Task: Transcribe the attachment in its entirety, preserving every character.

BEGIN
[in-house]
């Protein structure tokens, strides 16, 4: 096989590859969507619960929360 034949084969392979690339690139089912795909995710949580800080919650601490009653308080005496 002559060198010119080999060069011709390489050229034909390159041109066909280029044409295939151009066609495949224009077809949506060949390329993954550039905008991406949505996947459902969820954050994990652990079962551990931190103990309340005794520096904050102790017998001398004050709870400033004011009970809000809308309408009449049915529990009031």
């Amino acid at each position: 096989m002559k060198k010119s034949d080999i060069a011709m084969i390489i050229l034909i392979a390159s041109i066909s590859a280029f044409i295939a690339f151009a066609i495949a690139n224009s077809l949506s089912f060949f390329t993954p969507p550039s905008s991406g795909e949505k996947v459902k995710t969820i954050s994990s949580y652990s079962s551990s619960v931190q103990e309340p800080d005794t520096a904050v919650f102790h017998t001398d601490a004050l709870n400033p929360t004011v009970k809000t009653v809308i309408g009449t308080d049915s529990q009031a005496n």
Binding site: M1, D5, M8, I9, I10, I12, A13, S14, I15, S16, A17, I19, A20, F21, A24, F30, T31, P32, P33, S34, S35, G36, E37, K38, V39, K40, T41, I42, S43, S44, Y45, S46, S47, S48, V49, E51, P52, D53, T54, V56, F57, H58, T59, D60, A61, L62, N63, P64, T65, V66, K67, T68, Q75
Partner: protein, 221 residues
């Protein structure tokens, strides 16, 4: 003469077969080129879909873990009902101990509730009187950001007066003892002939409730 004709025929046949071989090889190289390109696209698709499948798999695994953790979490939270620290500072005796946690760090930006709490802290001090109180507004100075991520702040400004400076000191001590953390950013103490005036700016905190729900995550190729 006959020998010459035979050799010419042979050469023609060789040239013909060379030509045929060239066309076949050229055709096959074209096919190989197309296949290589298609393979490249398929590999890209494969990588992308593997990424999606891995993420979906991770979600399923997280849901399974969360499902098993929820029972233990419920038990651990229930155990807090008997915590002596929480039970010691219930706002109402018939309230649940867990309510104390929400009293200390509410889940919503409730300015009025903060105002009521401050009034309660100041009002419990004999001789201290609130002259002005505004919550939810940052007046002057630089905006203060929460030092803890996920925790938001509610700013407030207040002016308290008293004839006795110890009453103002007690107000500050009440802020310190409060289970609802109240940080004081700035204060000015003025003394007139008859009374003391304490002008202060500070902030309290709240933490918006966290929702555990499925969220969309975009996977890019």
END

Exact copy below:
[in-house]
């Protein structure tokens, strides 16, 4: 096989590859969507619960929360 034949084969392979690339690139089912795909995710949580800080919650601490009653308080005496 002559060198010119080999060069011709390489050229034909390159041109066909280029044409295939151009066609495949224009077809949506060949390329993954550039905008991406949505996947459902969820954050994990652990079962551990931190103990309340005794520096904050102790017998001398004050709870400033004011009970809000809308309408009449049915529990009031």
């Amino acid at each position: 096989m002559k060198k010119s034949d080999i060069a011709m084969i390489i050229l034909i392979a390159s041109i066909s590859a280029f044409i295939a690339f151009a066609i495949a690139n224009s077809l949506s089912f060949f390329t993954p969507p550039s905008s991406g795909e949505k996947v459902k995710t969820i954050s994990s949580y652990s079962s551990s619960v931190q103990e309340p800080d005794t520096a904050v919650f102790h017998t001398d601490a004050l709870n400033p929360t004011v009970k809000t009653v809308i309408g009449t308080d049915s529990q009031a005496n």
Binding site: M1, D5, M8, I9, I10, I12, A13, S14, I15, S16, A17, I19, A20, F21, A24, F30, T31, P32, P33, S34, S35, G36, E37, K38, V39, K40, T41, I42, S43, S44, Y45, S46, S47, S48, V49, E51, P52, D53, T54, V56, F57, H58, T59, D60, A61, L62, N63, P64, T65, V66, K67, T68, Q75
Partner: protein, 221 residues
């Protein structure tokens, strides 16, 4: 003469077969080129879909873990009902101990509730009187950001007066003892002939409730 004709025929046949071989090889190289390109696209698709499948798999695994953790979490939270620290500072005796946690760090930006709490802290001090109180507004100075991520702040400004400076000191001590953390950013103490005036700016905190729900995550190729 006959020998010459035979050799010419042979050469023609060789040239013909060379030509045929060239066309076949050229055709096959074209096919190989197309296949290589298609393979490249398929590999890209494969990588992308593997990424999606891995993420979906991770979600399923997280849901399974969360499902098993929820029972233990419920038990651990229930155990807090008997915590002596929480039970010691219930706002109402018939309230649940867990309510104390929400009293200390509410889940919503409730300015009025903060105002009521401050009034309660100041009002419990004999001789201290609130002259002005505004919550939810940052007046002057630089905006203060929460030092803890996920925790938001509610700013407030207040002016308290008293004839006795110890009453103002007690107000500050009440802020310190409060289970609802109240940080004081700035204060000015003025003394007139008859009374003391304490002008202060500070902030309290709240933490918006966290929702555990499925969220969309975009996977890019």